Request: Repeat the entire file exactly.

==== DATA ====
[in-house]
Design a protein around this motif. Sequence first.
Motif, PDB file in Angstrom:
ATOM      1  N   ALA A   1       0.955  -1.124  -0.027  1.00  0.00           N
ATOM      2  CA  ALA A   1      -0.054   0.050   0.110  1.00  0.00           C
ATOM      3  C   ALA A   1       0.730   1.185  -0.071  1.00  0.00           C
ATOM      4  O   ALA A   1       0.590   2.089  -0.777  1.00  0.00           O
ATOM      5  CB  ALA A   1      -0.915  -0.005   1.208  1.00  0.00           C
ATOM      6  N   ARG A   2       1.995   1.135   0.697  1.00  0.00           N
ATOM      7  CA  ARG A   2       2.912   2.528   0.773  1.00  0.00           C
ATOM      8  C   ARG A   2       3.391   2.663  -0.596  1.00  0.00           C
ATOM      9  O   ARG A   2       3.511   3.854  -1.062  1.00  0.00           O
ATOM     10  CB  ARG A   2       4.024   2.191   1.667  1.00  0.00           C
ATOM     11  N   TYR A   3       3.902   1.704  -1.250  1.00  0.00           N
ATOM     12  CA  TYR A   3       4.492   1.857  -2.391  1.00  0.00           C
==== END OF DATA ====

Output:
[in-house]
Design a protein around this motif. Sequence first.
Motif, PDB file in Angstrom:
ATOM      1  N   ALA A   1       0.955  -1.124  -0.027  1.00  0.00           N
ATOM      2  CA  ALA A   1      -0.054   0.050   0.110  1.00  0.00           C
ATOM      3  C   ALA A   1       0.730   1.185  -0.071  1.00  0.00           C
ATOM      4  O   ALA A   1       0.590   2.089  -0.777  1.00  0.00           O
ATOM      5  CB  ALA A   1      -0.915  -0.005   1.208  1.00  0.00           C
ATOM      6  N   ARG A   2       1.995   1.135   0.697  1.00  0.00           N
ATOM      7  CA  ARG A   2       2.912   2.528   0.773  1.00  0.00           C
ATOM      8  C   ARG A   2       3.391   2.663  -0.596  1.00  0.00           C
ATOM      9  O   ARG A   2       3.511   3.854  -1.062  1.00  0.00           O
ATOM     10  CB  ARG A   2       4.024   2.191   1.667  1.00  0.00           C
ATOM     11  N   TYR A   3       3.902   1.704  -1.250  1.00  0.00           N
ATOM     12  CA  TYR A   3       4.492   1.857  -2.391  1.00  0.00           C